Japan's Nikkei Flash-Smashes 400 Points Higher In Milliseconds After Abenomics Gets Three-Year Extension

Whether it is due to thin holiday liquidity, due to the BOJ intervening just ahead of its usual time, because Japan's "legendary" Twitter trader "CIS" just went bullish (again), because prime minister Abe just learned he would be reinstalled as head of his ruling LDP party because no challenger had emerged unleashing three more years of unchallenged Abenomics, because Japan's Q2 GDP was just revised modestly higher (to a less negative number) or just because this is how the New Normal rolls, moments ago the Nikkei flash smashed higher some 400 points higher, in a well-choreographed algorithmic frenzy, to take out Friday's high stops.


Perhaps this latest ridiculous move was predicated by the USDJPY momentum ignition which today came 30 minutes ahead of its usual time...

... or by some of the economic data is neither relevant nor worth digging into. In this "market" things just happen...

Speaking of the economic data, this is what Japan reported: instead of a -1.8% drop in Q2 GDP, Japan - like the US - revised the number higher to "only" -1.2% (versus the initial -1.6% report) with the real sequential decline of -0.3% fractionally better than -0.5%, even as nominal GDP posted the smallest possible sequential gain.

Additionally, Japan reported that its July Current Account balance was higher than the JPY1.732 trillion expected, and rose to JPY1.809 trillion, up from JPY 559 billion in June.

Perhaps the catalyst was the report that Prime Minister Shinzo Abe has returned as president of the ruling Liberal Democratic Party on Tuesday, as rival Seiko Noda failed to garner signatures of support from 20 LDP Diet members, a requirement to file a candidacy for the Sept. 20 election. According to the Japan Times  the deadline for filing the candidacy was set at 8:30 a.m. Tuesday, but Noda held a news conference to tell reporters that she gave up running prior to that the same day.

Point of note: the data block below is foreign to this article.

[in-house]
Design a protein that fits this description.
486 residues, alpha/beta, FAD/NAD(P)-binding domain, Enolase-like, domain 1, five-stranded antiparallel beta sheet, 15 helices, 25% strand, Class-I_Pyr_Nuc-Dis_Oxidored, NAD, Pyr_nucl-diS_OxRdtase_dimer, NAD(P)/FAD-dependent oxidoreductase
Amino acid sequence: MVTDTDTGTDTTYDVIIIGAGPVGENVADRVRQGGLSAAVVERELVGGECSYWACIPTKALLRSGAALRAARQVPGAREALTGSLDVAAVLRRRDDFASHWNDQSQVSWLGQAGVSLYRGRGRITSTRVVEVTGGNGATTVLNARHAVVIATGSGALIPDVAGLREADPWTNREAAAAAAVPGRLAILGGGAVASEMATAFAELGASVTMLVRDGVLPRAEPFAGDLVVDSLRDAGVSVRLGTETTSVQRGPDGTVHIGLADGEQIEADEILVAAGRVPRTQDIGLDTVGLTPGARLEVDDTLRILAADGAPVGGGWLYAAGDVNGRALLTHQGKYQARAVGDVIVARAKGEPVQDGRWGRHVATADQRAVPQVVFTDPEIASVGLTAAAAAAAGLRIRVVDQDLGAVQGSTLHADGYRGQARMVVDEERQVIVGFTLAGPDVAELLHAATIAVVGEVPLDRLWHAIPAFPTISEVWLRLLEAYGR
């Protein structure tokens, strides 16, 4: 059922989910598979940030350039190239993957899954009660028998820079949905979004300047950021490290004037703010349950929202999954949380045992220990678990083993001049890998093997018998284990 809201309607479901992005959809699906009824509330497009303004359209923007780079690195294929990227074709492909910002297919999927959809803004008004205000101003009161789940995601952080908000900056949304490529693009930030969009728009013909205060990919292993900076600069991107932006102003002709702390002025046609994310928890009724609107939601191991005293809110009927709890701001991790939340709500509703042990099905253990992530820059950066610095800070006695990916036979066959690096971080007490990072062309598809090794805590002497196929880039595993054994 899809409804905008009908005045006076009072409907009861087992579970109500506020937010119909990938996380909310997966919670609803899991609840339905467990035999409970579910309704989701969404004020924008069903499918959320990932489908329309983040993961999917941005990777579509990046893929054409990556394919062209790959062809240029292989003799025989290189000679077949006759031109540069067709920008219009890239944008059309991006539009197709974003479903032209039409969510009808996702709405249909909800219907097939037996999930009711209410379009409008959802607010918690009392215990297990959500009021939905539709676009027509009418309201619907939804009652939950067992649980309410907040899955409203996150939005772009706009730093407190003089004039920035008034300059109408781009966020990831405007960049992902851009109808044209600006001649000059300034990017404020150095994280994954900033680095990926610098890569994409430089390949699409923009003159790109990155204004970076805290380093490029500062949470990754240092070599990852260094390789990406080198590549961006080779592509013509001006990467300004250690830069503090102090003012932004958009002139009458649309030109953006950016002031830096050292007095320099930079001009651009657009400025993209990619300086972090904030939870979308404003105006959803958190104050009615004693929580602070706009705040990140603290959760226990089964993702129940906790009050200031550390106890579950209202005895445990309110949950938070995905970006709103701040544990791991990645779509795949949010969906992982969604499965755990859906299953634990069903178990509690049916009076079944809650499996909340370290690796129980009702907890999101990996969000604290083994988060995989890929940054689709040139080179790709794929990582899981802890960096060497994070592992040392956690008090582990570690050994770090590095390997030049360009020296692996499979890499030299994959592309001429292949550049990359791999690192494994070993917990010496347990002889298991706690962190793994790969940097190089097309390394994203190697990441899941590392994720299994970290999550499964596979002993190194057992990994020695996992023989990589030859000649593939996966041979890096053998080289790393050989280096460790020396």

In other words, Abe’s new term as LDP president continues for another three years, which means his term as the prime minister will be extended for that period as well, assuming the increasingly jerky Nikkei - the only thing that has allowed Abe to keep his position as long he has - does not crash in the interim.

As a result, Abe is on course to become Japan’s longest-serving prime minister in more than four decades after standing unopposed in his party’s latest leadership election.

Abe’s re-selection Tuesday as president of the Liberal Democratic Party comes as protests flare over unpopular legislation to expand the role of the Japanese military; Abe isn’t required to hold a general election for another three years. If he stays in office until 2018, he would become the third-longest serving prime minister since World War II

There is no term limits for the prime minister, but a general election of the Lower House will be held at least once in every four years, and a new prime minister will be elected each time by members of the chamber.

“I tried to run for the presidential election, but I was unable to accomplish that,” Noda said. Noda continued her last-minute efforts to garner support from other LDP members but the LDP leadership led by Abe kept putting pressure on them not to support her.

Top LDP executives feared that if Noda succeeded to run, it could trigger internal strife within the party and give ammunition to opposition parties to further delay deliberations on contentious government-sponsored security bills, which are now being deliberated on in the Upper House.

And while Abe's reign is now literally supreme and unopposed, Japan Times cautions that Abe’s ruling camp is now set to bulldoze the bills through the chamber and have the legislation enacted next week. This is expected to cause a big public stir and will likely push down the Cabinet’s approval rating in media polls.

Whether that means more or less Abenomics, read printing of money to make the rich richer, remains to be seen. Recall on Friday the IMF joined the chorus of warnings that the BOJ's QQE will soon need to be tapered as Kuroda runs out of willing sellers.

Judging by today's early market kneejerk reaction, the algos have not gotten the memo.